Everyone knows that you have to brand yourself and your company in a way that brings out the unique you. That’s the biggest question I think a marketer can ask: “What makes me so unique in my marketplace that everyone in it will agree with me and tell others who may need to know?”
With that context, the biggest mistake a marketer can make is to think their customers are somehow stupid, or undiscerning, or naïve about their products and services.
Now you might say we would never do that or think that and I would say, you sure? How about that product you sent out the door knowing it needed serious updates and improvements? Or the trade show you attended with last year’s products and services to show, with nothing new to present? Or the specific services you presented that you knew deep down you knew little to nothing about? Did you really think that your customers wouldn’t notice or care? If you did, you were wrong. Brand valuation is mostly based upon a trust that the marketer has built up by consistently delivering its brand’s promises.
These are tough questions to resolve, I know, and it may come across as a slap in the face. If it does, then make something good come from it. Do something about it. Let’s fix what’s broken or missing. And once that’s done let’s get back to work with something new and innovative before someone starts talking about what’s not right, not true, not believable, not sustainable, and worse of all, not marketable.
When companies do nothing they tend to go out of business. Just think about companies that used to be in your marketplace that are no longer there. In my experience it’s because they ignored their customers and did what was financially profitable on a short-term basis ignoring the long-term consequences.
So, here are a few proactive things you could use to market your brand once its internal difficulties have been resolved:
Make your story personal
B2B buyers are looking for real, credible answers to their specific challenges. If you are willing to divulge how the product works using your personal examples, you will create a welcoming that is rare in the crowded B2B market. Use a personal touch. Write personal emails instead of using gigantic email lists. Connect with your prospect customers on as many human levels as you can. Go to their trade shows. Attend their conferences. Share meals with their executives. In other words, go the extra personal miles.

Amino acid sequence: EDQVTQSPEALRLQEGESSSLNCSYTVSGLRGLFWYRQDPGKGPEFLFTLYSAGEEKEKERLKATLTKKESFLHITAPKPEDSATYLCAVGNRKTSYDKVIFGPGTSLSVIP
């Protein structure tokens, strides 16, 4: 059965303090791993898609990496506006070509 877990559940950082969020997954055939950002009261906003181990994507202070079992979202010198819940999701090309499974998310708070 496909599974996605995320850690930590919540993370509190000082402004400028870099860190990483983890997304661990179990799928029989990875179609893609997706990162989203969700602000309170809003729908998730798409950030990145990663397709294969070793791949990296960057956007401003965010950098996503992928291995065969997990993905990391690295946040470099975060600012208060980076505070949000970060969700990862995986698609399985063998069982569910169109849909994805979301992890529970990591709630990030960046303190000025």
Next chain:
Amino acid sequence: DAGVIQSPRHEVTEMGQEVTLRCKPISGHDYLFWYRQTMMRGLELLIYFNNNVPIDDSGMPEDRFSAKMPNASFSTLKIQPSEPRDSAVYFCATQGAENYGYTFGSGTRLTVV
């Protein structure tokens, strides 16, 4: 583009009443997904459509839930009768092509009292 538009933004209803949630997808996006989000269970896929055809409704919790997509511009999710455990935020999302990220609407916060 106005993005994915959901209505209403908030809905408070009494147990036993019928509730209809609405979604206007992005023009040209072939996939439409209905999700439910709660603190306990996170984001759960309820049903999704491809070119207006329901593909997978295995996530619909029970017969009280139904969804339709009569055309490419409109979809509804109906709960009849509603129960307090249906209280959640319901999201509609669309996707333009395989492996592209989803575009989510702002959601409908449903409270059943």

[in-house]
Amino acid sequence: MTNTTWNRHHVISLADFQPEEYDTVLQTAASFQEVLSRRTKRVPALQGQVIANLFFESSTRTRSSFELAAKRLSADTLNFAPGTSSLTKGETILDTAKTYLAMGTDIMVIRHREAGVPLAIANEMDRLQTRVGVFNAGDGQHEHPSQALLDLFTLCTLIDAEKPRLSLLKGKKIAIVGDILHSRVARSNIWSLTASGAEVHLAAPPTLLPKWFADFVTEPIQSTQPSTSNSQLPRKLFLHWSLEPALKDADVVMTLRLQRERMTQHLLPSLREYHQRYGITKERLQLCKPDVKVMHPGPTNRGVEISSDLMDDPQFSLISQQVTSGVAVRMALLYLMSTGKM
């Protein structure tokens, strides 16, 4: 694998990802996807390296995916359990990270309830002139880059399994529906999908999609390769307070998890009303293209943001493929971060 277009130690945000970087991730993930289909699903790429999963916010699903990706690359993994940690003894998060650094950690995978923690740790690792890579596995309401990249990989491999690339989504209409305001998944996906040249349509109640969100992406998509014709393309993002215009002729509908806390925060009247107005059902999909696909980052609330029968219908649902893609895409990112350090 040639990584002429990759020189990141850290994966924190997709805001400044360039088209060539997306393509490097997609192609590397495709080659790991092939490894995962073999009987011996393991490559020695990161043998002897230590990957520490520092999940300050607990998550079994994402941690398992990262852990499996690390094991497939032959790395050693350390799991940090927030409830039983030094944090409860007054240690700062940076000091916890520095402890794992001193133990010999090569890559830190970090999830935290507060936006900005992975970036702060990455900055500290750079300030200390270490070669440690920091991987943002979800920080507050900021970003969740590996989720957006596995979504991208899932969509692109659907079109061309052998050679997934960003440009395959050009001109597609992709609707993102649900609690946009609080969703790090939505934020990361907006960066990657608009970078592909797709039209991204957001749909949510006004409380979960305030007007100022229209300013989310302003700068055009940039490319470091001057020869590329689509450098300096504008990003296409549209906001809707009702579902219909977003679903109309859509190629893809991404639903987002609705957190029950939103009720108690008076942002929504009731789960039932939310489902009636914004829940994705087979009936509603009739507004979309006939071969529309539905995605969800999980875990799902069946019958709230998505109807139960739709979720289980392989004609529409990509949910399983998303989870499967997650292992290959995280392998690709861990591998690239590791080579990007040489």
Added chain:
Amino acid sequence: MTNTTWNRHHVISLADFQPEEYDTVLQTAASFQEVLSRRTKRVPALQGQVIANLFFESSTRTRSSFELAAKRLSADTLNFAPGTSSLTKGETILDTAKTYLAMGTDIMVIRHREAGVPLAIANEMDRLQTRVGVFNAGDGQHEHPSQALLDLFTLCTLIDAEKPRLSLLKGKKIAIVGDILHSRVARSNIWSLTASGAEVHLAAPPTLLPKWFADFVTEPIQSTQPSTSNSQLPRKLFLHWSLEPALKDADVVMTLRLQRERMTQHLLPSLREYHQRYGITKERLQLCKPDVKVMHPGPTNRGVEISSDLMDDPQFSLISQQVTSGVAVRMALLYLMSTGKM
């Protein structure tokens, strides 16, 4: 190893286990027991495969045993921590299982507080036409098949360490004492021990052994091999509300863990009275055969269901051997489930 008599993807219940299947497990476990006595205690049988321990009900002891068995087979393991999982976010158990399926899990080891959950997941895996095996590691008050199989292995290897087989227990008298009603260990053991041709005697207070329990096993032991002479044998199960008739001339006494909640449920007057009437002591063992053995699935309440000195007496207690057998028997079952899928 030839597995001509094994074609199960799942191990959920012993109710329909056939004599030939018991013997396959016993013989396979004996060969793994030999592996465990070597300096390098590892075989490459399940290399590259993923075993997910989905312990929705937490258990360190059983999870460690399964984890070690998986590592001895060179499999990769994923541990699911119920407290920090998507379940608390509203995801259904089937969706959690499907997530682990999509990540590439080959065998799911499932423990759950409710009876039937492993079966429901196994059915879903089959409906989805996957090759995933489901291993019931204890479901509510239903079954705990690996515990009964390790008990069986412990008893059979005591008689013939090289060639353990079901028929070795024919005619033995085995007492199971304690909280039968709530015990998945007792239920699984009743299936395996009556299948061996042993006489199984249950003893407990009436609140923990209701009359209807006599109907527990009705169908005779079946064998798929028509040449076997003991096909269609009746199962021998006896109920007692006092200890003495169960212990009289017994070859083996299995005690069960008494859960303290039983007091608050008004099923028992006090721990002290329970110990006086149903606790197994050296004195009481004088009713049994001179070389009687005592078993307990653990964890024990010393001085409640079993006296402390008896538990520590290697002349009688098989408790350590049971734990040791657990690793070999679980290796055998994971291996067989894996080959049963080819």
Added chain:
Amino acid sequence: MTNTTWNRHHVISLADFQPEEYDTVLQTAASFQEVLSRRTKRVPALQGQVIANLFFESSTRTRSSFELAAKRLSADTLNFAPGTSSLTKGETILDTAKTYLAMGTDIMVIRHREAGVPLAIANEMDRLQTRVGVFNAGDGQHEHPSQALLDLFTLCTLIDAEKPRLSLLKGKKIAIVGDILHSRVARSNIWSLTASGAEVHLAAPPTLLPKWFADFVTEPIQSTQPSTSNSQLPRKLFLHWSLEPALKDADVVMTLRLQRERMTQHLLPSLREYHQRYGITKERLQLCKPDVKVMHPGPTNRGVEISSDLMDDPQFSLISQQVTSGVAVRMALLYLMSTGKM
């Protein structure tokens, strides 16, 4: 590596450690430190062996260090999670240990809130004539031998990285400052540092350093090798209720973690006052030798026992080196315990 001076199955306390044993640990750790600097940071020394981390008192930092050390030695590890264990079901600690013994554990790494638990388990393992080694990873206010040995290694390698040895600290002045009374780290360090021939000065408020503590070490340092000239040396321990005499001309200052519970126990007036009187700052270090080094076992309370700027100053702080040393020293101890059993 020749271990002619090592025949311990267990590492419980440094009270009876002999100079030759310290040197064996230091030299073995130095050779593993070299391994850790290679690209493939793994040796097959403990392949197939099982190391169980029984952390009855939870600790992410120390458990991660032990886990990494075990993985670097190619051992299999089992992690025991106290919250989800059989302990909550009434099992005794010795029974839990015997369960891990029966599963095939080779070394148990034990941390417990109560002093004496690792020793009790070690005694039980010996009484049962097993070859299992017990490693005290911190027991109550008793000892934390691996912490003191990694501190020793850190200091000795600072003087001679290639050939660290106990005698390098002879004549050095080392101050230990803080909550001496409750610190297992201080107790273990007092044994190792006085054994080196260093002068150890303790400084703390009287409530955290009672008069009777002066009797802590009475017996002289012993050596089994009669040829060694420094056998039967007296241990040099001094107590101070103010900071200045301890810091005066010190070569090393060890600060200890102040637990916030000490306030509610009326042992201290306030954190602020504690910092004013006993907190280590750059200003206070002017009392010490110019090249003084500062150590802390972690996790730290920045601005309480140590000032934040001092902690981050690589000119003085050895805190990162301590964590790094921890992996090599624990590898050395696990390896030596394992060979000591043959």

Be relevant by sharing relevant information
Share information that you know your prospect customer will find useful to their specific business. Rather than send tons of information that is generally useful send a few slices of focused content that will help them make critical decisions.
Get to know your prospect customer’s schedule so that when you email him/her it arrives at a point that is in sync with their decision-making.
Leverage web analytic tools
Knowing what keywords and key phrases are most important to your customer prospects will help you understand how best to serve them on your website. That will help you talk about issues that are most important to them. See the world as they see it, from their perspective, and provide the solutions they need to build that world.
Market your best, lose your worst
Corporations often hold onto older products and services to the detriment of their newer ones. It’s tough to kill off a deteriorating or mature leader brand, but it’s often required to make room for a newer lesser-known brand. Having a stable family of strong brands, with no weak links, will build the best overall brand image in your marketplace. And your intelligent customers will reward you by both purchasing them and telling others about them. And there’s nothing stupid about that.